May 13, 2021 19:01

Fueling goodwill

Darian Jack was having a rotten, no good, very bad night. First, she lost her wallet at Walmart. Then, on her way to a night shift as a security guard for a local health-care facility, she realized the car’s gas gauge hovered on empty — nowhere enough fuel to get her to work and home.

Then, she saw flashing lights behind her. When the officer informed Jack she’d been speeding and asked for her license, it was the last straw. She tearfully explained why she couldn’t comply.

“It was embarrassing because I was like, ‘I lost my wallet … I was trying to get to work. I have no gas. I’m just trying to get home,’” Jack recalled to

The officer, later identified as Officer Austen Cagle, checked recent reports and confirmed Jack had notified the department of a stolen wallet and identification. Of course, he could have written out the traffic violation ticket and left Jack on her own to figure out how to resolve her current conundrum. Instead, Cagle escorted her to the nearest gas station and paid for a full tank. He even pumped the fuel for her.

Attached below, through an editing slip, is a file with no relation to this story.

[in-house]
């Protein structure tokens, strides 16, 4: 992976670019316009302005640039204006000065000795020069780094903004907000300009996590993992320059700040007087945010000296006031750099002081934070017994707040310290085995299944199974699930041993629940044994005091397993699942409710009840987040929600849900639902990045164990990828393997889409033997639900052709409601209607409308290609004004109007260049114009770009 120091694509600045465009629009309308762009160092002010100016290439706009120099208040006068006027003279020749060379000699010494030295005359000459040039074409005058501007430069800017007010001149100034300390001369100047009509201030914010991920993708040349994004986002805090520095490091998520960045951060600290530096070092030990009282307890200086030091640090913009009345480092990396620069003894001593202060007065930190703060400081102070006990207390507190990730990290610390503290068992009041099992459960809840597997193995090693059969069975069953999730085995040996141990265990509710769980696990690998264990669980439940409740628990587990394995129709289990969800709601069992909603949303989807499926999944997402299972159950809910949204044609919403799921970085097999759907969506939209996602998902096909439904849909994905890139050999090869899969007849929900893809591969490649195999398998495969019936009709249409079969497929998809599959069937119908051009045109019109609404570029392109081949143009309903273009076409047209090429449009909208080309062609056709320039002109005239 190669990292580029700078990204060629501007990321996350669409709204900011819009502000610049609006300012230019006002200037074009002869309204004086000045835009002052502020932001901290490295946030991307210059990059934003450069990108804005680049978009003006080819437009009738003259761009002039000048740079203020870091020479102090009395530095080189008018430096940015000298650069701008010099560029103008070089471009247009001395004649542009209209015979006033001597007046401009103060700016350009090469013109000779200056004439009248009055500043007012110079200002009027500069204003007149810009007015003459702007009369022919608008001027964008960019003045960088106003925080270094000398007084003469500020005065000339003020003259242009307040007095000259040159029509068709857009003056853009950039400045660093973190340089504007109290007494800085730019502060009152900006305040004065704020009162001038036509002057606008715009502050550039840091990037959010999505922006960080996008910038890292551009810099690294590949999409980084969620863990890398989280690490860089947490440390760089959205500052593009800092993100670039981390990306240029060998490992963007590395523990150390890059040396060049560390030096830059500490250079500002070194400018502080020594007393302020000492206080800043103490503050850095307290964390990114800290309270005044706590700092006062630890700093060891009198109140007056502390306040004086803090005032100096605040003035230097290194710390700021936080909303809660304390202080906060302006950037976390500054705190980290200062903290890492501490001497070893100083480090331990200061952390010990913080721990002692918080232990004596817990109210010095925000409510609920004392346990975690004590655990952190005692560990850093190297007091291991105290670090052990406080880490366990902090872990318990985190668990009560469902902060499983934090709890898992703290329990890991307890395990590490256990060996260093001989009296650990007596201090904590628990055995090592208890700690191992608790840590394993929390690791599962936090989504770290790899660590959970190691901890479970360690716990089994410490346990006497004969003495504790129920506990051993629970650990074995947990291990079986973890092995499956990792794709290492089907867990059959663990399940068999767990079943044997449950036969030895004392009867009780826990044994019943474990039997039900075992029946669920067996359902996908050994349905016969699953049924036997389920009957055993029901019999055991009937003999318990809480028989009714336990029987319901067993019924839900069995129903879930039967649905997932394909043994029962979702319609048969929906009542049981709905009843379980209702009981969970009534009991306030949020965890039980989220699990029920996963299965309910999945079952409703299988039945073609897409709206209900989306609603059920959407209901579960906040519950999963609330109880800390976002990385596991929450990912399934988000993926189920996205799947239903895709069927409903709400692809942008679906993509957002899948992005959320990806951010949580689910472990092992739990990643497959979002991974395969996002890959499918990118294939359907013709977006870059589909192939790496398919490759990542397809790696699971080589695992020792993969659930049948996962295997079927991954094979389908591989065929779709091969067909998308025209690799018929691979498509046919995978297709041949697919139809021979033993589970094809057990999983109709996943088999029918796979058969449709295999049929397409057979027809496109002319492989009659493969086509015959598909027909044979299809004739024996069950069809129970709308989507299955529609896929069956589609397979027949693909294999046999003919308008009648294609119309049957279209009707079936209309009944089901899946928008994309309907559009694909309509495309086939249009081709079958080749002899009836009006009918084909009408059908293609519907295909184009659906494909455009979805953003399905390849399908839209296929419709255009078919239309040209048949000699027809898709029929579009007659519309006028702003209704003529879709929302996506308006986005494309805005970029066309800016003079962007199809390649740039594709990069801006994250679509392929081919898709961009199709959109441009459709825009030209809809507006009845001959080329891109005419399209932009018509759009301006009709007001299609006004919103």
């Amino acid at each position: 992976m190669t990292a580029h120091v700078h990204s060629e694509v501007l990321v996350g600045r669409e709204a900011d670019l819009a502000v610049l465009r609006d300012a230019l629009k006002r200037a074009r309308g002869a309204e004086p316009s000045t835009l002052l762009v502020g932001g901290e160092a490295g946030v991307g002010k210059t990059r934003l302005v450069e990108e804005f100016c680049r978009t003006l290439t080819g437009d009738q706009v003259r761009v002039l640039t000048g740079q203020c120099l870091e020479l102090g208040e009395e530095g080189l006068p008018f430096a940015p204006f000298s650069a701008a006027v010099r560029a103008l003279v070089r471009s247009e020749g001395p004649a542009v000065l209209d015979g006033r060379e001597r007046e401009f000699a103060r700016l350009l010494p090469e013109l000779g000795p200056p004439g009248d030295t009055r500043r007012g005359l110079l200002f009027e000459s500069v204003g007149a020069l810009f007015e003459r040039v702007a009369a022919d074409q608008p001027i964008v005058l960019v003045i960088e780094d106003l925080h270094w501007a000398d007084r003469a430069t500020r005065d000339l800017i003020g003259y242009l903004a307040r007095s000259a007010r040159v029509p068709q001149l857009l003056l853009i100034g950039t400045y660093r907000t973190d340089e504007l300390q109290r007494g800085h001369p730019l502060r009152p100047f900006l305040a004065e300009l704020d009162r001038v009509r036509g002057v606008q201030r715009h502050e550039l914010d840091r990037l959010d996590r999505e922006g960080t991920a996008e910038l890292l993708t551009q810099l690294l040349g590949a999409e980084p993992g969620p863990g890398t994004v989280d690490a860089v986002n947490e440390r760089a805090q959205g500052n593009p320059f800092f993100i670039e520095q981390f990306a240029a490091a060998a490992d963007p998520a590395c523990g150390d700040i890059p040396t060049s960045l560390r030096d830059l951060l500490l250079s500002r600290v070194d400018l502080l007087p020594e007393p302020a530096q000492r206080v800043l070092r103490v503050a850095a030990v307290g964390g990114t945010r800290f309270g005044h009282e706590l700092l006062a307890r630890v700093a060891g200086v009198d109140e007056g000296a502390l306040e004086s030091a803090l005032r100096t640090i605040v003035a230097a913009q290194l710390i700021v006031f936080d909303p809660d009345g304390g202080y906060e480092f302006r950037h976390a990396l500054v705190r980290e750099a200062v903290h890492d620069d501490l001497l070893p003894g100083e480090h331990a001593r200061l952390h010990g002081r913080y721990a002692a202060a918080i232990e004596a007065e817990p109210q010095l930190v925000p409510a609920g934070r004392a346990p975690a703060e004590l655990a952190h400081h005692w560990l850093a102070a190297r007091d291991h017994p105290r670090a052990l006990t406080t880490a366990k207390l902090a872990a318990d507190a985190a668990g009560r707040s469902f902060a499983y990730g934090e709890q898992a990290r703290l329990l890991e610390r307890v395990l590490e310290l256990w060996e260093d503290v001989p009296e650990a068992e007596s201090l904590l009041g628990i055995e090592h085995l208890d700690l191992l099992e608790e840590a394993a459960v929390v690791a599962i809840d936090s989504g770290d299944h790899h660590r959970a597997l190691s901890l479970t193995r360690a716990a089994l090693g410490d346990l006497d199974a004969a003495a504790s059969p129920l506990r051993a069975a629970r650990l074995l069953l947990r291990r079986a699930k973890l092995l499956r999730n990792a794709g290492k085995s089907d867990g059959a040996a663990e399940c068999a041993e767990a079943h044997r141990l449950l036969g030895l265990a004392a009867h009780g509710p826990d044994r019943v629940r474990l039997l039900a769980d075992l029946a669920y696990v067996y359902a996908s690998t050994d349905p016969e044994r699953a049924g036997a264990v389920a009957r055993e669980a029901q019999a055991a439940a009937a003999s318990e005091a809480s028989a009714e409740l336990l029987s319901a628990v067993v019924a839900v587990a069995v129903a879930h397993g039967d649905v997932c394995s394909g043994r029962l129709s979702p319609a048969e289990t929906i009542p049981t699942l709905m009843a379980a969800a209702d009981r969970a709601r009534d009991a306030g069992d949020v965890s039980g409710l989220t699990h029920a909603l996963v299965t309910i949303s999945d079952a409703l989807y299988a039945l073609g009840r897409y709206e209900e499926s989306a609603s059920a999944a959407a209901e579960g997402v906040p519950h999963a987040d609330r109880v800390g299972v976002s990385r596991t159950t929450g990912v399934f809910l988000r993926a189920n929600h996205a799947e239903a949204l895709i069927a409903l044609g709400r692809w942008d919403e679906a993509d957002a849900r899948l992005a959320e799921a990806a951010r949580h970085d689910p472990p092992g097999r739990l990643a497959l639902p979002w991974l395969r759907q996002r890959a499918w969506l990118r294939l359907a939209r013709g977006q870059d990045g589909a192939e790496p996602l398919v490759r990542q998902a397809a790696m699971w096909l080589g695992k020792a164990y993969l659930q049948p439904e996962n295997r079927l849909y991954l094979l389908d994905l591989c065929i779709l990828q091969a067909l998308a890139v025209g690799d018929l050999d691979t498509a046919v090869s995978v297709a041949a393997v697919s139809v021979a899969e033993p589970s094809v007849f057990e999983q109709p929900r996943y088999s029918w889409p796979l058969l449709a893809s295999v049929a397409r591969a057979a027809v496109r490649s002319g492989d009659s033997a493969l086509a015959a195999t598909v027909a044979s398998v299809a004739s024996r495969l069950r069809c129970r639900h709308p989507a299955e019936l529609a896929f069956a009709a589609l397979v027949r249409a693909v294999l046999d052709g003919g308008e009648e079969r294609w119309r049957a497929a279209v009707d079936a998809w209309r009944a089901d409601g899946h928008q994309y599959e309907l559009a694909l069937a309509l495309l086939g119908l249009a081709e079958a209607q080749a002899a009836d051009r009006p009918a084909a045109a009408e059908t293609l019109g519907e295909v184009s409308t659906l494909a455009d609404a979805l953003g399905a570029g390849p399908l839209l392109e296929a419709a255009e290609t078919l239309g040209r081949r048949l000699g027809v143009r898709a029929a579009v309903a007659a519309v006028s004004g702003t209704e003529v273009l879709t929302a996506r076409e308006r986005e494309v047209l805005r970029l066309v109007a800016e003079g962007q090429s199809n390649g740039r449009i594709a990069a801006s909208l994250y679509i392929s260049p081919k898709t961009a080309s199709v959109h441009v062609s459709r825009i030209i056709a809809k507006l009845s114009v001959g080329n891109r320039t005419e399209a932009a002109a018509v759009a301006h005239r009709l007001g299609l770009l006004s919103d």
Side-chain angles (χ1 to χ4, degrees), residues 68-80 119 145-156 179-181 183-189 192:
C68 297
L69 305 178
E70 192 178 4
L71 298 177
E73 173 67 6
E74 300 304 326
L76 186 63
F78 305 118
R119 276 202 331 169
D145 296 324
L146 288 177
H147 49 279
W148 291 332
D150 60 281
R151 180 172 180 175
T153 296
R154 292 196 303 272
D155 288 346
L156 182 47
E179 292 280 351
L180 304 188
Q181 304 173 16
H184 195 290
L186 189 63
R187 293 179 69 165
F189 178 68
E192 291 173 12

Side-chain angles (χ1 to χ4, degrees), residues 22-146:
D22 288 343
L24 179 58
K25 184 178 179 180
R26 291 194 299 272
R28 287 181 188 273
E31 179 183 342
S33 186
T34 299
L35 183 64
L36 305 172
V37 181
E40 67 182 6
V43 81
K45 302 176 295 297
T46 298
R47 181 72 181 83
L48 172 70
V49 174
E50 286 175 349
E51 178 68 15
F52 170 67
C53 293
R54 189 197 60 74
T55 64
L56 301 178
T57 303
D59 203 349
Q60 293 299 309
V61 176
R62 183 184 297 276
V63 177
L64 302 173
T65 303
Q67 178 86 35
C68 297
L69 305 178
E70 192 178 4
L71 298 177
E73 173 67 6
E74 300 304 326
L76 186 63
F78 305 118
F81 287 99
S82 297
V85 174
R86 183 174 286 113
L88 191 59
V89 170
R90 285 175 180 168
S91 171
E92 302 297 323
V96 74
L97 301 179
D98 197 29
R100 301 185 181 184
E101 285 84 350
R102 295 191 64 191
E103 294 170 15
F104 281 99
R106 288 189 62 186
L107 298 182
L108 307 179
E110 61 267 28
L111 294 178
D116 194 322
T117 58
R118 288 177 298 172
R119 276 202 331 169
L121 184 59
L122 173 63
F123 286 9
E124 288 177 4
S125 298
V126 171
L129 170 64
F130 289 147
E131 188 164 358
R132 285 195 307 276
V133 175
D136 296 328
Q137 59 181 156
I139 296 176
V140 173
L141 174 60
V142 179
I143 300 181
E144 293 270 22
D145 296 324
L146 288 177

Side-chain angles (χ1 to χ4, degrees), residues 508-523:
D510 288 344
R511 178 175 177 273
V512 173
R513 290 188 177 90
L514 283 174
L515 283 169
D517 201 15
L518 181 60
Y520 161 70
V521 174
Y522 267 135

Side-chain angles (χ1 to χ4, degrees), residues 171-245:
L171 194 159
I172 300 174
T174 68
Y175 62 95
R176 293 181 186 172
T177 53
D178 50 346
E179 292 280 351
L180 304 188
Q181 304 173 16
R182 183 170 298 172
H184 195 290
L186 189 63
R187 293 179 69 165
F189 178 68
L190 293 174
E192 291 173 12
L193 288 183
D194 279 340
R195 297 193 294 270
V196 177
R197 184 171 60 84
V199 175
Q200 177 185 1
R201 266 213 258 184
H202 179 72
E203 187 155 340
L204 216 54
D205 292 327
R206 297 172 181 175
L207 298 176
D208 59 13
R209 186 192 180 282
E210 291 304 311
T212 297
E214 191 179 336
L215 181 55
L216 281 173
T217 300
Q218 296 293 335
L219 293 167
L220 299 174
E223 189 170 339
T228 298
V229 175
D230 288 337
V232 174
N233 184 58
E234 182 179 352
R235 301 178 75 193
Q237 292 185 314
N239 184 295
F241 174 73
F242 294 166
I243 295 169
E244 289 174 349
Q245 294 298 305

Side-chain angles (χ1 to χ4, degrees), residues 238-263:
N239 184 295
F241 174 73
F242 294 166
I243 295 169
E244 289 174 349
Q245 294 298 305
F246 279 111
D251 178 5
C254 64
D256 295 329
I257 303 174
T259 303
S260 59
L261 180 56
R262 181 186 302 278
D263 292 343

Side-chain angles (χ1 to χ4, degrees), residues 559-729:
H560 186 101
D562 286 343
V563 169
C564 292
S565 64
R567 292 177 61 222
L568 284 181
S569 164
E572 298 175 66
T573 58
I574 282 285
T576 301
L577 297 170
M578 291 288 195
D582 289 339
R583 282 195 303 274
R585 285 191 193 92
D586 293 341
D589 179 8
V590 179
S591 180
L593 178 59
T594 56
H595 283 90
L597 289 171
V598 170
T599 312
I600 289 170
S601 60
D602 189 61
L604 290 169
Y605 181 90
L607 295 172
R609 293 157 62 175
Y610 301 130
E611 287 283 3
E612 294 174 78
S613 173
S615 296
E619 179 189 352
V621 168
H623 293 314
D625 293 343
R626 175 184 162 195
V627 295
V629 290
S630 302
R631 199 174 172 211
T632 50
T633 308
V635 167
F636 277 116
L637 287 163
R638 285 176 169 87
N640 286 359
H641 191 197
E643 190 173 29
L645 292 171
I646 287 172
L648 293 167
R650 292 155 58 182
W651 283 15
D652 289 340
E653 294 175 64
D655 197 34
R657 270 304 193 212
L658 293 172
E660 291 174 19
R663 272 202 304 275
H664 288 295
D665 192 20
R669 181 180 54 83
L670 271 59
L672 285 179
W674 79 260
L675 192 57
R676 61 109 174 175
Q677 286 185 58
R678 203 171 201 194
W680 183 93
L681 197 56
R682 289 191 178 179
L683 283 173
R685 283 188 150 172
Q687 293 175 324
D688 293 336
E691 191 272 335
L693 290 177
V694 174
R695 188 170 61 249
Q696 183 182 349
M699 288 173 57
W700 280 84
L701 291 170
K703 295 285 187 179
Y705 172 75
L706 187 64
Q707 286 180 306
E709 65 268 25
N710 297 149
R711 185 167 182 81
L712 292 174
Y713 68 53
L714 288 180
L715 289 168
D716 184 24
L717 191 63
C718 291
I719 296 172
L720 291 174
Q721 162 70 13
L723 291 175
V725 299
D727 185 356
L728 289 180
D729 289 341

“We’re all human. We’ve all been in tough positions,” Cagle said. “She was having a rough night, and I was glad I was able to help her out.”

Like any good superhero, Cagle quietly removed himself before Jack had the opportunity to get his name. However, she didn’t want the generosity to go unnoticed. She posted a picture of the officer pumping the gas to her social media, hoping a friend would recognize him and pass along his name. The plan worked. The post made its way to Yakima Police Chief Matthew Murray, who identified Cagle.

For his part, Cagle insists the event wasn’t a big deal. Not only does he enjoy helping the citizens of his community, but he says it’s the standard operating practice for his colleagues, too.

“It’s absolutely not a cultural abnormality for our police department; stuff like this happens all the time,” Cagle said. “I know for a fact that everyone I work with, placed in the exact same position, would make the exact same decision.”

That’s the spirit Jack hopes to exhibit, too. Well before her rotten, no good, very bad night, she initiated the process to join either the Yakima P.D. or Washington State Patrol.

“I wanted to help people and make my life worth something,” she said.

She already has a supporter. “I’m extremely excited for her and for the department,” Cagle said. “I really, really do hope everything goes well for her.”


The post Fueling goodwill appeared first on American Police Beat Magazine.

Leave a Comment

Your email address will not be published. Required fields are marked *

Scroll to Top